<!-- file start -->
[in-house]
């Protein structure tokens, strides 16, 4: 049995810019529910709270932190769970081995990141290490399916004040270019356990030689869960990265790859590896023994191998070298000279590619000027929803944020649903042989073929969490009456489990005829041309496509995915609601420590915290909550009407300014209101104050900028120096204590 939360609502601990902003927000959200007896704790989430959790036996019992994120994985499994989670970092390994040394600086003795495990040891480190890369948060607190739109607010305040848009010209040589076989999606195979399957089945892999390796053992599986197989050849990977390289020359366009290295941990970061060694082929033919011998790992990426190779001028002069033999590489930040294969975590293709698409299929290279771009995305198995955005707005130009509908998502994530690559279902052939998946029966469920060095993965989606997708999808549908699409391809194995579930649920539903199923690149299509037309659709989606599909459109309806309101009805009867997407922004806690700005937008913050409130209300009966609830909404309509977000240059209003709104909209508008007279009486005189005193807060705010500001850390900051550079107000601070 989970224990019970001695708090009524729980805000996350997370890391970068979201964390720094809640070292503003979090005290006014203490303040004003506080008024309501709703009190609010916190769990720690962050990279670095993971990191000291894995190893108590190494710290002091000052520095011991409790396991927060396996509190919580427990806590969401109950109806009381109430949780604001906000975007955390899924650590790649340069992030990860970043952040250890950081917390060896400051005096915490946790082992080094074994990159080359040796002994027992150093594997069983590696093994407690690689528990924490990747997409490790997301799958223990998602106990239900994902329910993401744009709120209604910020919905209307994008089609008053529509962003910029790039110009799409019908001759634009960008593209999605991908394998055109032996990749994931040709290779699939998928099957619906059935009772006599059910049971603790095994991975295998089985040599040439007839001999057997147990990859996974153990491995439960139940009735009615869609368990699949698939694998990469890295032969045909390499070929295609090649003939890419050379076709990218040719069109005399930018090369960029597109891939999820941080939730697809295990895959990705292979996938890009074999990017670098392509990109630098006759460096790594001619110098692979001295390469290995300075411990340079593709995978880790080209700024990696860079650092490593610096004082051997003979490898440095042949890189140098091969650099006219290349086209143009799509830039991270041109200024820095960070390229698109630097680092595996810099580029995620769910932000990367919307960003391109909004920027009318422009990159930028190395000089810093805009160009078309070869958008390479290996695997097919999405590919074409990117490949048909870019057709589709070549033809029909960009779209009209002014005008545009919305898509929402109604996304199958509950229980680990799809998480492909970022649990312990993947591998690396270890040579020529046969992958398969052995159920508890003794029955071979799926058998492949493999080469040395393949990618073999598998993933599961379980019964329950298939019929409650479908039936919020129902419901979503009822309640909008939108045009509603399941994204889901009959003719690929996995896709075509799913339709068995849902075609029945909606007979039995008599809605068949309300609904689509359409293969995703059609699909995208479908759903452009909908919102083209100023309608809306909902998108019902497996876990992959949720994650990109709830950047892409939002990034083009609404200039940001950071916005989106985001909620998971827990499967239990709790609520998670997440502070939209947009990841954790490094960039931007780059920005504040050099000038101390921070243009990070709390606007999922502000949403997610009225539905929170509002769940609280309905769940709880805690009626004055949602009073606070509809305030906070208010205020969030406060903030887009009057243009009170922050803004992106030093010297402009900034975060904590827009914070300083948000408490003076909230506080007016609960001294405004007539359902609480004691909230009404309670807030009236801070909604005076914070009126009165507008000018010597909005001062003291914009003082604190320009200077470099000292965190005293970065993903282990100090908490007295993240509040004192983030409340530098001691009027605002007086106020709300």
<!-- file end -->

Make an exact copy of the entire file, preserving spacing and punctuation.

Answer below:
[in-house]
């Protein structure tokens, strides 16, 4: 049995810019529910709270932190769970081995990141290490399916004040270019356990030689869960990265790859590896023994191998070298000279590619000027929803944020649903042989073929969490009456489990005829041309496509995915609601420590915290909550009407300014209101104050900028120096204590 939360609502601990902003927000959200007896704790989430959790036996019992994120994985499994989670970092390994040394600086003795495990040891480190890369948060607190739109607010305040848009010209040589076989999606195979399957089945892999390796053992599986197989050849990977390289020359366009290295941990970061060694082929033919011998790992990426190779001028002069033999590489930040294969975590293709698409299929290279771009995305198995955005707005130009509908998502994530690559279902052939998946029966469920060095993965989606997708999808549908699409391809194995579930649920539903199923690149299509037309659709989606599909459109309806309101009805009867997407922004806690700005937008913050409130209300009966609830909404309509977000240059209003709104909209508008007279009486005189005193807060705010500001850390900051550079107000601070 989970224990019970001695708090009524729980805000996350997370890391970068979201964390720094809640070292503003979090005290006014203490303040004003506080008024309501709703009190609010916190769990720690962050990279670095993971990191000291894995190893108590190494710290002091000052520095011991409790396991927060396996509190919580427990806590969401109950109806009381109430949780604001906000975007955390899924650590790649340069992030990860970043952040250890950081917390060896400051005096915490946790082992080094074994990159080359040796002994027992150093594997069983590696093994407690690689528990924490990747997409490790997301799958223990998602106990239900994902329910993401744009709120209604910020919905209307994008089609008053529509962003910029790039110009799409019908001759634009960008593209999605991908394998055109032996990749994931040709290779699939998928099957619906059935009772006599059910049971603790095994991975295998089985040599040439007839001999057997147990990859996974153990491995439960139940009735009615869609368990699949698939694998990469890295032969045909390499070929295609090649003939890419050379076709990218040719069109005399930018090369960029597109891939999820941080939730697809295990895959990705292979996938890009074999990017670098392509990109630098006759460096790594001619110098692979001295390469290995300075411990340079593709995978880790080209700024990696860079650092490593610096004082051997003979490898440095042949890189140098091969650099006219290349086209143009799509830039991270041109200024820095960070390229698109630097680092595996810099580029995620769910932000990367919307960003391109909004920027009318422009990159930028190395000089810093805009160009078309070869958008390479290996695997097919999405590919074409990117490949048909870019057709589709070549033809029909960009779209009209002014005008545009919305898509929402109604996304199958509950229980680990799809998480492909970022649990312990993947591998690396270890040579020529046969992958398969052995159920508890003794029955071979799926058998492949493999080469040395393949990618073999598998993933599961379980019964329950298939019929409650479908039936919020129902419901979503009822309640909008939108045009509603399941994204889901009959003719690929996995896709075509799913339709068995849902075609029945909606007979039995008599809605068949309300609904689509359409293969995703059609699909995208479908759903452009909908919102083209100023309608809306909902998108019902497996876990992959949720994650990109709830950047892409939002990034083009609404200039940001950071916005989106985001909620998971827990499967239990709790609520998670997440502070939209947009990841954790490094960039931007780059920005504040050099000038101390921070243009990070709390606007999922502000949403997610009225539905929170509002769940609280309905769940709880805690009626004055949602009073606070509809305030906070208010205020969030406060903030887009009057243009009170922050803004992106030093010297402009900034975060904590827009914070300083948000408490003076909230506080007016609960001294405004007539359902609480004691909230009404309670807030009236801070909604005076914070009126009165507008000018010597909005001062003291914009003082604190320009200077470099000292965190005293970065993903282990100090908490007295993240509040004192983030409340530098001691009027605002007086106020709300």